WWE: Why Are There No More Hometown Heroes?

Mike LawsContributor IFebruary 6, 2012

GREEN BAY, WI - JUNE 22:   Vince McMahon attends a press conference about the WWE at the Austin Straubel International Airport on June 22, 2009 in Green Bay, Wisconsin.  (Photo by Mark A. Wallenfang/Getty Images)
Mark A. Wallenfang/Getty Images

In the past few years (with one very notable exception that I will go into later), Vince McMahon has taken a lot of pleasure in making talent lose, not win or be downright humiliated in their home towns. 

The most recent victim of this phenomenon is Randy Orton at the Royal Rumble pay-per-view, which came out of St. Louis, Missouri. Now, I think this was a good decision regardless.

Randy has won the Royal Rumble match before. It would have done nothing for him to do it again, especially as his best chance on the Road to WrestleMania to win the World Heavyweight Championship is in the Elimination Chamber.

Another fairly recent occurrence of this is Beth Phoenix vs. Kelly Kelly in Buffalo, New York for Night of Champions. The Divas Championship was on the line; Kelly Kelly was champion going in. Everyone and their grandmother was behind Beth in that match, but the trigger was not pulled. 

WWE decided to do it at the next month’s pay-per-view, Hell in a Cell. By which time, no one cared—all of the momentum and heat had gone into the form of a particularly cold ice cube. Two months later and they have still not been able to melt the ice cube, but maybe the warmth from Natalya's farts will help.

It will not help. Ever.

During the god-awful walk-out storyline, there was a RAW emanating from Cleveland, Ohio, which is the birthplace of one Mike Mizanin. With his family in attendance, he was fined $250,000 at the top of the show and fired at the end of it, culminating in his being thrown out of the building with his then-running buddy R-Truth.

This, at least, was a part of the scripted storyline at the beginning of the show, which is nothing compared with my main example.

The king on the hometown humiliation cake was in October when RAW came live from Oklahoma. In a segment not in the original script, the recently instated Interim General Manager of RAW, John Laurinaitis, asked Jim Ross into the ring from the announce table and then proceeded to fire him—in front of his wife no less.

Jack Swagger was also on the card in a six-man tag team match. Although he was not the one pinned, his team did lose. Vince must have thought that would have been overkill.

With Raw coming from Oklahoma City tonight, as coincidence would have it, I can see Jack Swagger losing his US Championship...perhaps to a returning Mason Ryan?

Also, I dread what they could possibly do to JR. Maybe make him Raw GM just for Triple H to take over before the night is done.

The main example, or, as Raven would say "the exception that proves the rule," is, of course, CM Punk's WWE Championship win at Money in the Bank pay-per-view, which was in Punk's hometown of Chicago, Illinois. This was the main point in a storyline that, if I was writing it, would still be going on to this day.

I will not let this get the best of me, as there is a whole article to be written on the storyline, or rather, lack thereof. Suffice it to say, I'm bitter.

The choices Vince had going in to Money in the Bank were (1) have CM Punk beat the unbeatable John Cena, and have him leave with the "coveted" WWE Championship or (2) have John Cena win and endure the almighty backlash of not just Chicago, but the entire IWC, with Punk back in the midcard by now.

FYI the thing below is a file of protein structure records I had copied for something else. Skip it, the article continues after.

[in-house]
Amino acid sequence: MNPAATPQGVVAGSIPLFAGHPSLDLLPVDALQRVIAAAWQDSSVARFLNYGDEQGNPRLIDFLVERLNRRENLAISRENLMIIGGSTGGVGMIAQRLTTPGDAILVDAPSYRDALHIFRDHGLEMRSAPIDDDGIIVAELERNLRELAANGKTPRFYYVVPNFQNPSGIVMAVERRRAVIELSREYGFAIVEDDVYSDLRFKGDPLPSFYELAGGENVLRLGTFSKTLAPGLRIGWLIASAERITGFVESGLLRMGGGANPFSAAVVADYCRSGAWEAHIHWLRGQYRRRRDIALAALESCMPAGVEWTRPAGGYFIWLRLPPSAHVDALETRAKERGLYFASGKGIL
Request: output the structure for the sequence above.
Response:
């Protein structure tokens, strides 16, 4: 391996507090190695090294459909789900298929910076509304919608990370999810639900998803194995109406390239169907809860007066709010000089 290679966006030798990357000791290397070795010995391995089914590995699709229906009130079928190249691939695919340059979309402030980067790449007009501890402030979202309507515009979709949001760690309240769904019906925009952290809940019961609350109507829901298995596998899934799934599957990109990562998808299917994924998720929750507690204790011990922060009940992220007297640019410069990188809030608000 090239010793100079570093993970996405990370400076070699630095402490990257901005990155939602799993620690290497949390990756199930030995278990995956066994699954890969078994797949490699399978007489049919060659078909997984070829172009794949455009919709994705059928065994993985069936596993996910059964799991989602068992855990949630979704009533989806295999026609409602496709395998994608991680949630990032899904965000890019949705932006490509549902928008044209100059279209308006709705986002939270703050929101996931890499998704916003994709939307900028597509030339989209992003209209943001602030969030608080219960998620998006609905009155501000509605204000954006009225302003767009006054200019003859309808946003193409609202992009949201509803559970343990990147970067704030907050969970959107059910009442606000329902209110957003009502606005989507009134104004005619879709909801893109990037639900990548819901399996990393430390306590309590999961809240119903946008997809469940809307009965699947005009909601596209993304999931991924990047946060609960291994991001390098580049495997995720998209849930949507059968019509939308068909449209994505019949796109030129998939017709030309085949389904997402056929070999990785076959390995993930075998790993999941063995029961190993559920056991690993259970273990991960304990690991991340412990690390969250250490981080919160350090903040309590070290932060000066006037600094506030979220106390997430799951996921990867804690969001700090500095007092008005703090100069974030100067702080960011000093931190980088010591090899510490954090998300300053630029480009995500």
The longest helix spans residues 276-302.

Vince, in a moment of madness, realised that putting a man over in his hometown may be the best thing to do for the storyline, but also to do for the live crowd.

This is what is going to happen at WrestleMania 28, The Rock vs. John Cena in Miami, The Rock's hometown. No one is particularly the winner coming out of this one. John Cena beats The Rock in his hometown, to the biggest heat we're likely to ever see, or The Rock wins and makes the entire locker room look bad for years to come.

This, again, is a bigger problem of not putting over the young talent, which they have in abundance. It may just be because of a poor creative team currently.

Vince will get a horrible reality check once John Cena realises sports entertainment is no longer for him. Once he is gone, there are Randy Orton, Big Show, Kane, CM Punk and, when he's not injured, Rey Mysterio who have been not only around for longer than five years, but have been main-eventing for most of their time in the company.

Vince needs to learn that he needs to keep making main-eventers. Now, I understand talent have to "pay their dues," but, with the unnecessary burying of talent in their hometowns and frankly idiotic stop-start pushes, burials and even-steven booking, it's a miracle anyone gets over these days. 

The WWE just needs to stick with storylines or talent regardless of ratings. Ratings will not be the same as they were in 2001, say. And the fact the viewers turned off in their droves at the firing of Jim Ross angle proves they're doing things wrong to that end.

Also, I think creative just need to be more lenient with talent. Let the talent try to get over on their own, or at least let them be more open to suggestions if creative has nothing for them.

Those who don't learn from history are doomed to repeat it, which is true. But if the history the victors wrote goes ignored, they run the risk of forgetting why they won in the first place.


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